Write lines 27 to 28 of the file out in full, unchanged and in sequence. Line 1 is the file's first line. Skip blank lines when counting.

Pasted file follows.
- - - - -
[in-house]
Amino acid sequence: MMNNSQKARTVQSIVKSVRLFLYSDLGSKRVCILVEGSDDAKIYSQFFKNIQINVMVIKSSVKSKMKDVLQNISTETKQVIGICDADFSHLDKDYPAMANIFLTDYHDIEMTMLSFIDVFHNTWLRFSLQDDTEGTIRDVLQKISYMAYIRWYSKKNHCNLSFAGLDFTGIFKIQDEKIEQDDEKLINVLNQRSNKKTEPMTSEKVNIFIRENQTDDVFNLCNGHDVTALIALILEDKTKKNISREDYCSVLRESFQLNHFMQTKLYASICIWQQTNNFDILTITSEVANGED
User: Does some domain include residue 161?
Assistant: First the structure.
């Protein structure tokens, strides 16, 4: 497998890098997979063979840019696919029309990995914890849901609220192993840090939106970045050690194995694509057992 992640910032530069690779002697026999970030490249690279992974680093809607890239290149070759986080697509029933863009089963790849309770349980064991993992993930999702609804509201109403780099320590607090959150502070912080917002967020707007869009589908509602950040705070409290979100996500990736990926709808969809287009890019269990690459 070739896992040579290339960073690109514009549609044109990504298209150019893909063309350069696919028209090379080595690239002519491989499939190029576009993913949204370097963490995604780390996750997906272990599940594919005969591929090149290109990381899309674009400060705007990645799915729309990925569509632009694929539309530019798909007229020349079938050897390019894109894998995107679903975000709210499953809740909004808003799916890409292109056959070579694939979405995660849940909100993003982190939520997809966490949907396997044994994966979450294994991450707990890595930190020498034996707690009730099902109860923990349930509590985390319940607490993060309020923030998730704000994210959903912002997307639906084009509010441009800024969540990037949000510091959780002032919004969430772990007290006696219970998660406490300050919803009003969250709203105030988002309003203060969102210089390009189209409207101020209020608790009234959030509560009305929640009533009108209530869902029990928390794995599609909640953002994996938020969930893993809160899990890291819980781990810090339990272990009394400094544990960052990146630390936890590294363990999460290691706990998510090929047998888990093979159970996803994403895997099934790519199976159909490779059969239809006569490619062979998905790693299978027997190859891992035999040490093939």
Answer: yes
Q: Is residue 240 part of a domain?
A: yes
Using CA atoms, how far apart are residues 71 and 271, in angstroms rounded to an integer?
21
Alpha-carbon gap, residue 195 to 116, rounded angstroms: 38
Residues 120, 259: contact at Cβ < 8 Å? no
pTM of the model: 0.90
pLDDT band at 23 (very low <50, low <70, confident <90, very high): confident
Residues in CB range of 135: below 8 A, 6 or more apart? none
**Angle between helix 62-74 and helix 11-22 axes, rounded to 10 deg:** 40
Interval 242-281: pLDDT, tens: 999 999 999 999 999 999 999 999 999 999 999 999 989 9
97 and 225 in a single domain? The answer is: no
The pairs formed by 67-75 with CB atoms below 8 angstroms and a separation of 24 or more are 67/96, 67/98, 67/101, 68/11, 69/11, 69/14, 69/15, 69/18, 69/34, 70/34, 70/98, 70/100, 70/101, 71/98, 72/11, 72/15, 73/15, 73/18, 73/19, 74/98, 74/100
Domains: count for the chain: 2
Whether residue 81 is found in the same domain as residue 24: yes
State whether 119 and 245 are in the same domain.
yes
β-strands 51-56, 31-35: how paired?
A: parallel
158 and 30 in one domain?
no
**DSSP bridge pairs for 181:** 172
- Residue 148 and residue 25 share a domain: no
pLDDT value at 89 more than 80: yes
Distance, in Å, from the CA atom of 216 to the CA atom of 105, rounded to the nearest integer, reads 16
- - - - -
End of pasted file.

no
**DSSP bridge pairs for 181:** 172